KYIV – A day after an Odesa-born medic and sniper of Chechen heritage who fought in the Donbas war was fatally shot, the Security Service of Ukraine detained the alleged Kremlin-guided assassin of one of their own high-ranking officials.

It was the latest reminder for this war-weary country of 42.5 million people that the conventional battle in the easternmost regions of the Donbas is being waged also nationwide asymmetrically through alleged Moscow-controlled cells of agents, provocateurs and trained assassins.

Acting Health Minister Ulana Suprun reacts in Ukraine’s Parliament on October 19 after reforms she has pushed to overhaul the nation’s health care system were passed by the legislature.

Ukraine’s health care system to get comprehensive overhaul

KYIV – Ukraine adopted a crucial legislative health care package on October 19 that is designed to improve the health of its people and remove Europe’s largest country from the list of nations that have the world’s highest death rates. It is the first comprehensive change to the country’s Soviet-era health care system since Ukraine gained independence in 1991.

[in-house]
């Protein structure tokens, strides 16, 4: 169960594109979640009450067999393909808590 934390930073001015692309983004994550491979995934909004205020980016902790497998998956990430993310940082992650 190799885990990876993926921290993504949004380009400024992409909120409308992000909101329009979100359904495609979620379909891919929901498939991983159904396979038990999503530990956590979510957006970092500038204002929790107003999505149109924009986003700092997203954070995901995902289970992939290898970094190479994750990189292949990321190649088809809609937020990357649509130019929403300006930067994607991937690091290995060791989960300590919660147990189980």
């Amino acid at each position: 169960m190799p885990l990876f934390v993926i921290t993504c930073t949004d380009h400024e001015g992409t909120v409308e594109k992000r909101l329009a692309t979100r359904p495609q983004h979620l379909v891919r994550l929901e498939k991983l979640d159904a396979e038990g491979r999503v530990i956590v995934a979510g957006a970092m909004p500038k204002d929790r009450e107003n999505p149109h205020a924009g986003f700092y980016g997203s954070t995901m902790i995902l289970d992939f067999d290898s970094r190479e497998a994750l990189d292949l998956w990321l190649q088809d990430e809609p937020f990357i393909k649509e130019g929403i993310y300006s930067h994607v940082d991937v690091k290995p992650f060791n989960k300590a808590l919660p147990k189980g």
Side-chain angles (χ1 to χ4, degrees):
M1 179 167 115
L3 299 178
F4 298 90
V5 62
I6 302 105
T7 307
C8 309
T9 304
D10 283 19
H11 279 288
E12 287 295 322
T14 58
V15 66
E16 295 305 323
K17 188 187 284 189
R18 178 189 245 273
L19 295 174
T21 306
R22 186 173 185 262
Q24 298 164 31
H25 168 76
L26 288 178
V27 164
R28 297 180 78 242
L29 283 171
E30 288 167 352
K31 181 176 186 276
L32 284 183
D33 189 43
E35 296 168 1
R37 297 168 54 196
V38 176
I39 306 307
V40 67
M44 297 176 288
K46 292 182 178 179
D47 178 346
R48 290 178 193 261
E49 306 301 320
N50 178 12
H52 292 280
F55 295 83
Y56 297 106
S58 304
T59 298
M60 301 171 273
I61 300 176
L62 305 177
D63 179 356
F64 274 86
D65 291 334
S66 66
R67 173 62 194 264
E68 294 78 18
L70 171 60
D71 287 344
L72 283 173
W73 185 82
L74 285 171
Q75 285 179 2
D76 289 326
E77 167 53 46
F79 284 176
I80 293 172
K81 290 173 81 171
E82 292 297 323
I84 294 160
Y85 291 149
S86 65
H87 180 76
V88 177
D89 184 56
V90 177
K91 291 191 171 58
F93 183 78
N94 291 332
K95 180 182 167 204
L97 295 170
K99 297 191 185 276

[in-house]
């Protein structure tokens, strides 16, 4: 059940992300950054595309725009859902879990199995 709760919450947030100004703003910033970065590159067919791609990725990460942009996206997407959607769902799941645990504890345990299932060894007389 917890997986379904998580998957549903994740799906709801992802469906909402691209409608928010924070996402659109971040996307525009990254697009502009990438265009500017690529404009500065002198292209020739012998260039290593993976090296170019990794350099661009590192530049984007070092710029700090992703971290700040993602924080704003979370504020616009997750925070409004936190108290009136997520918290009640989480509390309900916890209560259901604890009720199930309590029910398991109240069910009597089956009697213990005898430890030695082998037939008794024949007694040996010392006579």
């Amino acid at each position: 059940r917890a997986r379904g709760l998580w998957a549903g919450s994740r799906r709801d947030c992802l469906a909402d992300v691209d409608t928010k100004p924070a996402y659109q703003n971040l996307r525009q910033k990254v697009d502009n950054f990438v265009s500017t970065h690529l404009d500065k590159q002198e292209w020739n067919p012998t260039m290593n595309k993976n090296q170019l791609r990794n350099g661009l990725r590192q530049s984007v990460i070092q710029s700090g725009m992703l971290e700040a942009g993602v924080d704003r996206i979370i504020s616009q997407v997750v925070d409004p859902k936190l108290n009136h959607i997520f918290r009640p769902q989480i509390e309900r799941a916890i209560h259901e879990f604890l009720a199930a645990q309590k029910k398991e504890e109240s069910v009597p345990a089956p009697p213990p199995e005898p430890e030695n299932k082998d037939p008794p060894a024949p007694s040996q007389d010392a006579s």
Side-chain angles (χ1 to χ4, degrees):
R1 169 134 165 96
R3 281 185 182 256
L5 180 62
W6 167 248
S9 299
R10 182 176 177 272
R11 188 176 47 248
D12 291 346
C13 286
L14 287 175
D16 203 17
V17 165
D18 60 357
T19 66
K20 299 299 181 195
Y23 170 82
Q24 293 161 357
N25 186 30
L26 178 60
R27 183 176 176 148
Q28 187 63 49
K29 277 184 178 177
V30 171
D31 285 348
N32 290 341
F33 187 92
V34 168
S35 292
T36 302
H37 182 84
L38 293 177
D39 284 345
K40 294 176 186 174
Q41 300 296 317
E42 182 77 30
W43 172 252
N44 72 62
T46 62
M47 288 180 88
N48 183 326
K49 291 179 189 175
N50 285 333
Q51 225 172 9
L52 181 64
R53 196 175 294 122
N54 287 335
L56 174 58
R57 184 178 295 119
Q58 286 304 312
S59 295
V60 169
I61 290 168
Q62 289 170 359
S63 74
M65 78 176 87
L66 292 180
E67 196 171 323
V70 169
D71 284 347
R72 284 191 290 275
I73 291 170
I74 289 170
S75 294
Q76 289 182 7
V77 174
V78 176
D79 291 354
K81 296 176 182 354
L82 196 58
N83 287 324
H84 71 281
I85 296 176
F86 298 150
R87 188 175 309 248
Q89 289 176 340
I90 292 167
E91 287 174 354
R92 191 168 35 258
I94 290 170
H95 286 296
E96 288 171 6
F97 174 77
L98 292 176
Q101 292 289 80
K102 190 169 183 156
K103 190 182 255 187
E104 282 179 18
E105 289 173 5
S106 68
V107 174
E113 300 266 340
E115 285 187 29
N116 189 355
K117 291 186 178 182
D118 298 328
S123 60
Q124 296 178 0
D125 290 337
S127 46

Prof. Alexander Motyl

INTERVIEW: Prof. Alexander Motyl on Ukraine’s struggle with survival

CONCLUSION
(Go to Part I)
KYIV – Rutgers University-Newark political science professor Alexander Motyl is known for swimming against the tide when it comes to speaking about post-Maidan Ukraine. All is not lost and not everything is “doom and gloom,” his writings and observations often say. On October 13, the professor, novelist and poet spoke with The Ukrainian Weekly via an online messenger service, just five days before political opposition groups, including one led by Mikheil Saakashvili, former Georgian president and ex-Odesa Oblast governor, staged a rally in Kyiv’s government district to call for the creation of a separate anti-graft court, election reform to make ballots open to the public and the stripping of immunity from prosecution for members of Parliament. Prof. Motyl makes the case for “evolutionary,” not “revolutionary” change.